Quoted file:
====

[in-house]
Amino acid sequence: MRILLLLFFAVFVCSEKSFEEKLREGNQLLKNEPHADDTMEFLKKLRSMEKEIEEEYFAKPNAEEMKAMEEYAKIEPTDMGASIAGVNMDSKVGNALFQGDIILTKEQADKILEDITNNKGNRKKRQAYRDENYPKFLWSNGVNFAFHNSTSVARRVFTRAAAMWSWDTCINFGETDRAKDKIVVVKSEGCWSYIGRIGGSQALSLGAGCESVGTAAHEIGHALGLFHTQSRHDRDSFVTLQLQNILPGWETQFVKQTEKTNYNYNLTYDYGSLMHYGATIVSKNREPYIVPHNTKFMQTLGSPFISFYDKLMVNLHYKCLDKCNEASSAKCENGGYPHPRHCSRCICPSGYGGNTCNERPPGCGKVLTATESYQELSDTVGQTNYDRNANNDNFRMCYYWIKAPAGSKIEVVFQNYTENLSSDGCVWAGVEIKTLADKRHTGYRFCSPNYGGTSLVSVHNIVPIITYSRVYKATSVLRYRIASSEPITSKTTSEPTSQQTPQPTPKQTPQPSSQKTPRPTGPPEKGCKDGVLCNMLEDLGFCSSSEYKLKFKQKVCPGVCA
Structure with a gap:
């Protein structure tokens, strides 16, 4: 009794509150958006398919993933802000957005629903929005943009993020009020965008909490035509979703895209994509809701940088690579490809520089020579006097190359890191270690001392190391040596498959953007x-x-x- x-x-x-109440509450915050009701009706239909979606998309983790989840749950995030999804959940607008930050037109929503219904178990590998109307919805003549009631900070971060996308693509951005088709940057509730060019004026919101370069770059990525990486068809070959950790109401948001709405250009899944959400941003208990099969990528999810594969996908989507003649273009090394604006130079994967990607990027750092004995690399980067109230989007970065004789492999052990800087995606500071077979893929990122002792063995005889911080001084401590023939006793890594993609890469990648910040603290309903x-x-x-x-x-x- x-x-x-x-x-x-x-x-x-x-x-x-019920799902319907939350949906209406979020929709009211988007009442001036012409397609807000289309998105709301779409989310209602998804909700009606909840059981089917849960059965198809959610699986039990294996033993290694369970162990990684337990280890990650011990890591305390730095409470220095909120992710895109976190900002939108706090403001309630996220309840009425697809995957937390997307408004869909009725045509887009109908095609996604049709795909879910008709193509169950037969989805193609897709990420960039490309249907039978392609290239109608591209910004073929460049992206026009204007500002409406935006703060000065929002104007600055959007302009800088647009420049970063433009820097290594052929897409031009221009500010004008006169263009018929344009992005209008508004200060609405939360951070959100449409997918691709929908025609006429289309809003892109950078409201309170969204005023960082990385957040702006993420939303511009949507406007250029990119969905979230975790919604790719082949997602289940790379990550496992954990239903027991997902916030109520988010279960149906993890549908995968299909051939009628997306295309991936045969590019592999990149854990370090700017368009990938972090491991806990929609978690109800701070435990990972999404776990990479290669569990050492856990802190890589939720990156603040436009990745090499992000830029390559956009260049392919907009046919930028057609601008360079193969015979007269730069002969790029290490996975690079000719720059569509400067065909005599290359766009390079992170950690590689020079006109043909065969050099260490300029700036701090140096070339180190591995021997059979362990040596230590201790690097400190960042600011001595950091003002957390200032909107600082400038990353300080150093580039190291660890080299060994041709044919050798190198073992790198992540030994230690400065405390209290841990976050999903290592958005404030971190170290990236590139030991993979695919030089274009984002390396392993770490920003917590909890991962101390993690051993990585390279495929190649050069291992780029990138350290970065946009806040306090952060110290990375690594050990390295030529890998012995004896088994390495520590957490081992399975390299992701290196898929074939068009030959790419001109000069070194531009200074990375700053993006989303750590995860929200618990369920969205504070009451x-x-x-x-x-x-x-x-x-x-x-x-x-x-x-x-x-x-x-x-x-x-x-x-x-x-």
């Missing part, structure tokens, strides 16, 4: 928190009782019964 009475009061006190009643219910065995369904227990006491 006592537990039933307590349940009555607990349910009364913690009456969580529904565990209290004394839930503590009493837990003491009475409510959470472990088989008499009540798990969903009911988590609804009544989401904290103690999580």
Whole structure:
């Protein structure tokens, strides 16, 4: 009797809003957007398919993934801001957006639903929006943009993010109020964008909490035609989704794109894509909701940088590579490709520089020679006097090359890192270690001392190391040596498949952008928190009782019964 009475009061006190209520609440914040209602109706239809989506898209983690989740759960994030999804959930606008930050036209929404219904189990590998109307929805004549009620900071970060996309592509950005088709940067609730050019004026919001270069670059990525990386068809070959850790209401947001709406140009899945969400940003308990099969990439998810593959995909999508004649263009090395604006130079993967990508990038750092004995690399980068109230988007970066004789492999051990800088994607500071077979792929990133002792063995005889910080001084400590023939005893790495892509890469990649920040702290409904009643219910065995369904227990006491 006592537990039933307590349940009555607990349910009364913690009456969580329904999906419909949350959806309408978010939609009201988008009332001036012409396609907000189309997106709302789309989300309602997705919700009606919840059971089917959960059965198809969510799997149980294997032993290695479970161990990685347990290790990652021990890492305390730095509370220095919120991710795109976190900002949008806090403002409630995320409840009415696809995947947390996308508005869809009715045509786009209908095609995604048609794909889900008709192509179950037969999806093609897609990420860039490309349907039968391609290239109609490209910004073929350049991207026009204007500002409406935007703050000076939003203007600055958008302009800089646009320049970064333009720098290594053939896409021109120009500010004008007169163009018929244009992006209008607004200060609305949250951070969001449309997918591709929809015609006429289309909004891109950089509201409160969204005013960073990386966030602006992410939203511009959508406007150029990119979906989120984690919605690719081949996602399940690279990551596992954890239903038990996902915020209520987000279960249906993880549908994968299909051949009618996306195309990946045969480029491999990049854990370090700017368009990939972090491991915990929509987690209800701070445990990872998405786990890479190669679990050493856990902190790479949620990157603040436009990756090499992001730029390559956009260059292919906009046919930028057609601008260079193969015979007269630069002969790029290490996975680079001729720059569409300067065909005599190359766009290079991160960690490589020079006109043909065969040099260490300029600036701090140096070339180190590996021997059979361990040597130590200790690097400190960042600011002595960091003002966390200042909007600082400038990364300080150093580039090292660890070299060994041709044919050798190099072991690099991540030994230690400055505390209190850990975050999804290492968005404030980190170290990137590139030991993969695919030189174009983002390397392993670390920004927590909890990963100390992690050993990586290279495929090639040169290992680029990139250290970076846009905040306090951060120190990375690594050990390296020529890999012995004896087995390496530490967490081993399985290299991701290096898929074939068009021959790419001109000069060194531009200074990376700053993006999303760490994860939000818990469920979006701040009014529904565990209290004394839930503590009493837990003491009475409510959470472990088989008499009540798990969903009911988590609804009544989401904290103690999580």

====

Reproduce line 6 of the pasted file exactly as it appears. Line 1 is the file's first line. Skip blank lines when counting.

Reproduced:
Whole structure: